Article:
There are rituals to make the end as terrible as possible, not only for the victims but for those who survive. After seizing power in July 1979, Mr. Hussein handed weapons to surviving members of the ruling elite, then joined them in personally executing 22 comrades who had dared to oppose his ascent.

The terror is self-compounding, with the state's power reinforced by stories that relatives of the victims pale to tell — of fingernail-extracting, eye-gouging, genital-shocking and bucket-drowning. Secret police rape prisoners' wives and daughters to force confessions and denunciations. There are assassinations, in Iraq and abroad, and, ultimately, the gallows, the firing squads and the pistol shots to the head.

(cont.)

(Report Comment)
mike mentor September 13, 2011 | 5:56 p.m.

(cont.)

DOING the arithmetic is an imprecise venture. The largest number of deaths attributable to Mr. Hussein's regime resulted from the war between Iraq and Iran between 1980 and 1988, which was launched by Mr. Hussein. Iraq says its own toll was 500,000, and Iran's reckoning ranges upward of 300,000. Accounts collected by Western human rights groups from Iraqi émigrés and defectors have suggested that the number of those who have "disappeared" into the hands of the secret police, never to be heard from again, could be 200,000.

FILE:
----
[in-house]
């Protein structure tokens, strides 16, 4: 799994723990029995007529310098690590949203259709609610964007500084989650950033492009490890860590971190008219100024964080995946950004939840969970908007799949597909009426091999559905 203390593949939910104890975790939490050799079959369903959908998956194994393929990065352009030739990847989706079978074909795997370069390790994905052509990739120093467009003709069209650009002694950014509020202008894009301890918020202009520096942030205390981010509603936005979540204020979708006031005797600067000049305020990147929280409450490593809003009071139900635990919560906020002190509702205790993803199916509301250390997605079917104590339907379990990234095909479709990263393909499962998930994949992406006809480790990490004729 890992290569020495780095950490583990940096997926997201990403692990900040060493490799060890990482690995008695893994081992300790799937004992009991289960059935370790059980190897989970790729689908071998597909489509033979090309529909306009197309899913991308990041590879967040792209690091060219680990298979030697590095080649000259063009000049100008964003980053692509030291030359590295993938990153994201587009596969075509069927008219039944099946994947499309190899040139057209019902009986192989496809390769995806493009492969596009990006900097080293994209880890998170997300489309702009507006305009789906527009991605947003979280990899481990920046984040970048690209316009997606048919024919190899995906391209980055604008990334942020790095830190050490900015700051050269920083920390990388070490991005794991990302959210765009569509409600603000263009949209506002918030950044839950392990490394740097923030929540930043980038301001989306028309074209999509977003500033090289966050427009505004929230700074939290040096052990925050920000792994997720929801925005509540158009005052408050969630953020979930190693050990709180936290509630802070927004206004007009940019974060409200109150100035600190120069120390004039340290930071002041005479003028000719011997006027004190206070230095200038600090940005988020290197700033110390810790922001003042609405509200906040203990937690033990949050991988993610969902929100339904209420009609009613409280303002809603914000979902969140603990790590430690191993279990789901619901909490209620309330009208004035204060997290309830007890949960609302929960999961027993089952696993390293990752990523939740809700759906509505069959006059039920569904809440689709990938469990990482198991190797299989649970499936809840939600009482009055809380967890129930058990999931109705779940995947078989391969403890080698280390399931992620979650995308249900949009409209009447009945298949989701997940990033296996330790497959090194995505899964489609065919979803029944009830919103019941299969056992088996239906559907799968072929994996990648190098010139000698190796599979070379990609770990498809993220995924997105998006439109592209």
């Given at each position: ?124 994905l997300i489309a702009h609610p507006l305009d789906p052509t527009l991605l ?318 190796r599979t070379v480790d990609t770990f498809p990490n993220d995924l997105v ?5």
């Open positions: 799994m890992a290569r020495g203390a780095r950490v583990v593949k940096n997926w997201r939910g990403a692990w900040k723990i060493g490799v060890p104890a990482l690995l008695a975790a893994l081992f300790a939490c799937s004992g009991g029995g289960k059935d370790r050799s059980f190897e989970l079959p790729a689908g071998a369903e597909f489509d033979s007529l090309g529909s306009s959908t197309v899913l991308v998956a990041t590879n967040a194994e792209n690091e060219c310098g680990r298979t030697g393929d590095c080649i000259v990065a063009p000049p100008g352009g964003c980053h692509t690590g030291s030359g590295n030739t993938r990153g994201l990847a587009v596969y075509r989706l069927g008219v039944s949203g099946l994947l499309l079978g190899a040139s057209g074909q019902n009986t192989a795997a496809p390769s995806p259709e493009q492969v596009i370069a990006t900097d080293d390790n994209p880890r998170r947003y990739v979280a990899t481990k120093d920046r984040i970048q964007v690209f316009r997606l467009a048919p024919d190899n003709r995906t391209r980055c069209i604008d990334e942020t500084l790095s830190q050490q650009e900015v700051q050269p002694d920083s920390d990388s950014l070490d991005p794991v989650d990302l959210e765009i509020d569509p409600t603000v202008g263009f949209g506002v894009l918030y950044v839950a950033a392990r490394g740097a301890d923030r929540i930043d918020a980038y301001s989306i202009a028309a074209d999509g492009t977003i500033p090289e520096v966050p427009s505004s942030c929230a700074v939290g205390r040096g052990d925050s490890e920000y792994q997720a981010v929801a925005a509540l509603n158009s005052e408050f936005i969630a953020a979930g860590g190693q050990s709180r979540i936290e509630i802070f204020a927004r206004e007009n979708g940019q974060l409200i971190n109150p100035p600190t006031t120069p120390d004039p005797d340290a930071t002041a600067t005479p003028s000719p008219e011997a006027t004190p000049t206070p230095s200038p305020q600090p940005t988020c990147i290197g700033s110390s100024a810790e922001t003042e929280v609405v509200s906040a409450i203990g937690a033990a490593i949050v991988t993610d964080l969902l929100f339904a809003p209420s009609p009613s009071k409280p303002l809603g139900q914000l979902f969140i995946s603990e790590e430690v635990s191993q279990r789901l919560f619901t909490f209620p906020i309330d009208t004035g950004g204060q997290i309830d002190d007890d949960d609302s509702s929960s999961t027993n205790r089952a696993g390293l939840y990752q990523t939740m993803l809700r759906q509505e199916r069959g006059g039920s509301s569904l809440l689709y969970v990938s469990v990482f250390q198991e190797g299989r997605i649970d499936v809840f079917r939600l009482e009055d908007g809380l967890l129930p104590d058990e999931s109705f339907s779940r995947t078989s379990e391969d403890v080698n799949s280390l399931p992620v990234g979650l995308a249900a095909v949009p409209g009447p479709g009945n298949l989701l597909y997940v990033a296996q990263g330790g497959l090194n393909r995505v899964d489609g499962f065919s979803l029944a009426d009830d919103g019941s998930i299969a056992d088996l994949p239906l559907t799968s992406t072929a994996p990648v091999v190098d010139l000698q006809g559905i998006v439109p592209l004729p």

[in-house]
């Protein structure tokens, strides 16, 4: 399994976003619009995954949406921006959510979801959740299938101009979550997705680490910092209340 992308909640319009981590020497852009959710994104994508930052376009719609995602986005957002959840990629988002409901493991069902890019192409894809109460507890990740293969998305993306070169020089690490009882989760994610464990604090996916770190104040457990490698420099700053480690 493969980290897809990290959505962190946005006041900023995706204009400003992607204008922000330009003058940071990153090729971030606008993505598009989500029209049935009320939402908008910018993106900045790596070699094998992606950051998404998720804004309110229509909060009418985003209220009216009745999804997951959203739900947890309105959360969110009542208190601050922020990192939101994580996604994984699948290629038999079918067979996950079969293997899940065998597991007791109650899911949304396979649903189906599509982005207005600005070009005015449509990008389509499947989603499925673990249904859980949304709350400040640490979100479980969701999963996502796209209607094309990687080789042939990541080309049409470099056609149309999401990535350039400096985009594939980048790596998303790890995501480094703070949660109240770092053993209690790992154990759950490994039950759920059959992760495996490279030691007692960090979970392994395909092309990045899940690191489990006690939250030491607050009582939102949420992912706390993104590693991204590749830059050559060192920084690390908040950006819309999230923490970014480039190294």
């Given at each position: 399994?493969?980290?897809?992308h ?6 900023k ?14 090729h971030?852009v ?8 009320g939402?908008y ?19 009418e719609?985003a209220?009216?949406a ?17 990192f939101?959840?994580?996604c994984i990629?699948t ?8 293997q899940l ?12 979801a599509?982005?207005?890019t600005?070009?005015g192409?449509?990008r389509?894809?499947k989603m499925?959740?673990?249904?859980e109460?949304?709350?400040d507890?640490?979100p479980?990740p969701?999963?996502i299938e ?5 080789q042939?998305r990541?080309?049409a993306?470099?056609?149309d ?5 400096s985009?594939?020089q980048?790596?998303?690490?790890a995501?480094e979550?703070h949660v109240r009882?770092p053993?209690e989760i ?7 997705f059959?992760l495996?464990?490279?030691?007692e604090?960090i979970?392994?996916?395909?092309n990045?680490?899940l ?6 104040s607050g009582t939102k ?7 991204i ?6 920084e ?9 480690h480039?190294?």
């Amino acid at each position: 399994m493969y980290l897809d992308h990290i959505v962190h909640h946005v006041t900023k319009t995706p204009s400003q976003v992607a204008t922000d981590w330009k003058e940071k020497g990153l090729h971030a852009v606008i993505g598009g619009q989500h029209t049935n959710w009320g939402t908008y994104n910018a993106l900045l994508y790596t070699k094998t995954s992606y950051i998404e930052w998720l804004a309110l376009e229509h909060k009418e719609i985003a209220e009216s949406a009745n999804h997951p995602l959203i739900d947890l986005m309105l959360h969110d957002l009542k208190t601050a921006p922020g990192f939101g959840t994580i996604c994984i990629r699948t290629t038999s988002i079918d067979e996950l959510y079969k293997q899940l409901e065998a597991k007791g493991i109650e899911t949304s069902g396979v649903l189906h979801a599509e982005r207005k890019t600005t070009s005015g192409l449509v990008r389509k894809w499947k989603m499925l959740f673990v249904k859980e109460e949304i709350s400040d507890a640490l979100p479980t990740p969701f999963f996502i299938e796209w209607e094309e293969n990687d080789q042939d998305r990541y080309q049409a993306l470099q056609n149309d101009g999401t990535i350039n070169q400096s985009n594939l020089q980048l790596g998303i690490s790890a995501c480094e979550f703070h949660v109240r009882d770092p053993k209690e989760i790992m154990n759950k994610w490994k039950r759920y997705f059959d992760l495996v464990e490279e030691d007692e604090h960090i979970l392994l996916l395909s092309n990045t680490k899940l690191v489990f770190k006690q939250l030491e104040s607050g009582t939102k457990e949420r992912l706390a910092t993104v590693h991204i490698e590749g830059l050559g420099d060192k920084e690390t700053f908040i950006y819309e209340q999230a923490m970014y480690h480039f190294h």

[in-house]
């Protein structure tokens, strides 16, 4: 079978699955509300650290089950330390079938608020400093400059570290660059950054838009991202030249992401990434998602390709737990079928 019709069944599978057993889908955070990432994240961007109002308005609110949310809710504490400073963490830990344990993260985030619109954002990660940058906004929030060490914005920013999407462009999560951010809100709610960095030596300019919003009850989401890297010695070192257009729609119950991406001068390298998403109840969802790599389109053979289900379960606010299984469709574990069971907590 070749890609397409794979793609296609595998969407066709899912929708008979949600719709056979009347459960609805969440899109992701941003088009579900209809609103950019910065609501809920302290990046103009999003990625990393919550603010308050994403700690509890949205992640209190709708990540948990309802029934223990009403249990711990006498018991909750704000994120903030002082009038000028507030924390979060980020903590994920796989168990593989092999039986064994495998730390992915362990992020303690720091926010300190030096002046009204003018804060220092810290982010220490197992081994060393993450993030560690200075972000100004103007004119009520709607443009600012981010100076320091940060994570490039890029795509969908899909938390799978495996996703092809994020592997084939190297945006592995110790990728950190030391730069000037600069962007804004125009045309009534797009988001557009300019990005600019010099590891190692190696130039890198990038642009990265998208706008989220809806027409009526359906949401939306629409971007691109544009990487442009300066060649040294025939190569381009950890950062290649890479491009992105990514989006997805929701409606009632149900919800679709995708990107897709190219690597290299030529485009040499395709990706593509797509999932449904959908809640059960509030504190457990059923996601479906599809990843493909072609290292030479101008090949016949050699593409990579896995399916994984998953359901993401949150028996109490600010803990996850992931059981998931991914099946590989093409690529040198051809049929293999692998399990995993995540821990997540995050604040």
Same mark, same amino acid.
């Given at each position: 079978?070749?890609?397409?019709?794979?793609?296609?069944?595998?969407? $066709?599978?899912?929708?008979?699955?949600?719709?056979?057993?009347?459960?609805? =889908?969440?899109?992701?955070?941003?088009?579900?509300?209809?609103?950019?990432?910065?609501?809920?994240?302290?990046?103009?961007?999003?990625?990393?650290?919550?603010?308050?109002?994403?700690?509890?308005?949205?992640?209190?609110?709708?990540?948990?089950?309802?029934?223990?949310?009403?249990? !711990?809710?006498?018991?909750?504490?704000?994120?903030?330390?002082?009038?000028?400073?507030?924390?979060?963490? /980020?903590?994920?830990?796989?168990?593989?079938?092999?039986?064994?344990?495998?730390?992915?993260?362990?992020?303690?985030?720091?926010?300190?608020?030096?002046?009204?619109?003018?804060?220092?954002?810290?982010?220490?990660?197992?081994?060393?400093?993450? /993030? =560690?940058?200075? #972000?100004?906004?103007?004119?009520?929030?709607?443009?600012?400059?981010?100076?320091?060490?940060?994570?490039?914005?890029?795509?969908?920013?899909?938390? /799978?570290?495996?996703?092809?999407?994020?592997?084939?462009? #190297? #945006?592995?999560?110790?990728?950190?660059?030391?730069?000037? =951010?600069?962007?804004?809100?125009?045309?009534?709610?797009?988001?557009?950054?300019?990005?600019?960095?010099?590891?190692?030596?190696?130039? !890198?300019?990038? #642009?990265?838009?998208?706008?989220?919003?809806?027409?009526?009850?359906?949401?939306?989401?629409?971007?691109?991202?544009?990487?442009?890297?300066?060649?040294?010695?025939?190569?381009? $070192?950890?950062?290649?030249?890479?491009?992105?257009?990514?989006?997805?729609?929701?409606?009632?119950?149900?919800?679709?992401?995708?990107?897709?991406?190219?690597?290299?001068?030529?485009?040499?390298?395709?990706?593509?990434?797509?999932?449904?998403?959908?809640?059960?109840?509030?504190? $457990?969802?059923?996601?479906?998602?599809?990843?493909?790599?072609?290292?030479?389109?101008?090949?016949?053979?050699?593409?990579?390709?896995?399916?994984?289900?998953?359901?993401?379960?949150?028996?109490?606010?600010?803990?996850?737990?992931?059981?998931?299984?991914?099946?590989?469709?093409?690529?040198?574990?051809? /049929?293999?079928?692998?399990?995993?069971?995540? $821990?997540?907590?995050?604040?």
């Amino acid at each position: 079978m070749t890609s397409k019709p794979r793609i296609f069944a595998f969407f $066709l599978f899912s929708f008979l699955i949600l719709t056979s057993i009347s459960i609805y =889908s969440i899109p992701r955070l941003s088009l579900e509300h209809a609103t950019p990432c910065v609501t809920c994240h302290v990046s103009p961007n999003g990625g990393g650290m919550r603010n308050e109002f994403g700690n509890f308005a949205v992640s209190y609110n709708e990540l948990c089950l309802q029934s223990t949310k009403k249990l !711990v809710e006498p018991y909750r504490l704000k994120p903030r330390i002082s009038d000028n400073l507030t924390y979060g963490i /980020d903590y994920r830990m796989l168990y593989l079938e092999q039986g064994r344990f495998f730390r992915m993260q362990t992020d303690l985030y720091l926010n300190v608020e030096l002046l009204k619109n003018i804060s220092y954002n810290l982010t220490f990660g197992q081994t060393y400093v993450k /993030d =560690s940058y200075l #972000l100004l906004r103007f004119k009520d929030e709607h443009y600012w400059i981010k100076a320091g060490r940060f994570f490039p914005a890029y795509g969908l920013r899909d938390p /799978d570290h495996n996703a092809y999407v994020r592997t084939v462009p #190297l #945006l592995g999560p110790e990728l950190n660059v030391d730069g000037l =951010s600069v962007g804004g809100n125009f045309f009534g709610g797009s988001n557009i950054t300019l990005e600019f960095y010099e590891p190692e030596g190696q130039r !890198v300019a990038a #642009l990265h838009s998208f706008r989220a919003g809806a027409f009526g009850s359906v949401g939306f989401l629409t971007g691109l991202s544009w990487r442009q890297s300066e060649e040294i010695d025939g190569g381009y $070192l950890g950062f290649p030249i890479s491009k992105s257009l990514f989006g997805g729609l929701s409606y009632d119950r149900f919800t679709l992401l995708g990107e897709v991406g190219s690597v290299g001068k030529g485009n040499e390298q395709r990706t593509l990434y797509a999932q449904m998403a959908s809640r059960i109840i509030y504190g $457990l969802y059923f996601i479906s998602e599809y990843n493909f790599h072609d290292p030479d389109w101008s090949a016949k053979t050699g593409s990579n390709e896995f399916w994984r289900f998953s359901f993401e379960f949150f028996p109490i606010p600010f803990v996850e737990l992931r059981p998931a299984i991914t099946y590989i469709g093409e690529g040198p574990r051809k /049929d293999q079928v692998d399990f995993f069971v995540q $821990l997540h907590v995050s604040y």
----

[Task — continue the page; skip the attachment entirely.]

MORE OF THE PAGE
Iraq's horrors have been demonstrated by campaigns bearing the special hallmark of Mr. Hussein. In 1999, a complaint about prison overcrowding led to an instruction from the Iraqi leader for a "prison cleansing" drive. This resulted, according to human rights groups, in hundreds, and possibly thousands, of executions.

Using a satanic arithmetic, prison governors worked out how many prisoners would have to be hanged to bring the numbers down to stipulated levels, even taking into account the time remaining in the inmates' sentences. As 20 and 30 prisoners at a time were executed at Abu Ghraib and elsewhere, warders trailed through cities like Baghdad, "selling" exemption from execution to shocked families, according to people in Iraq who said they had spoken to relatives of those involved. Bribes of money, furniture, cars and even property titles brought only temporary stays.
___________________________________________________________

But remember kids... These were peaceful loving people 'till the bad guys in US uniforms showed up and "tainted" their peaceful ways... They knew nothing of war (800,000 arabs killed fighting over power and religion amongst themselves...), torture, and evil ways before we showed them how to do it. I wonder how "Jingoistic" our foreign policy was to the European Countries we liberated in WW II or to the Kuwaiti's that were being robbed, raped and pillaged by Iraqi's before we saved them.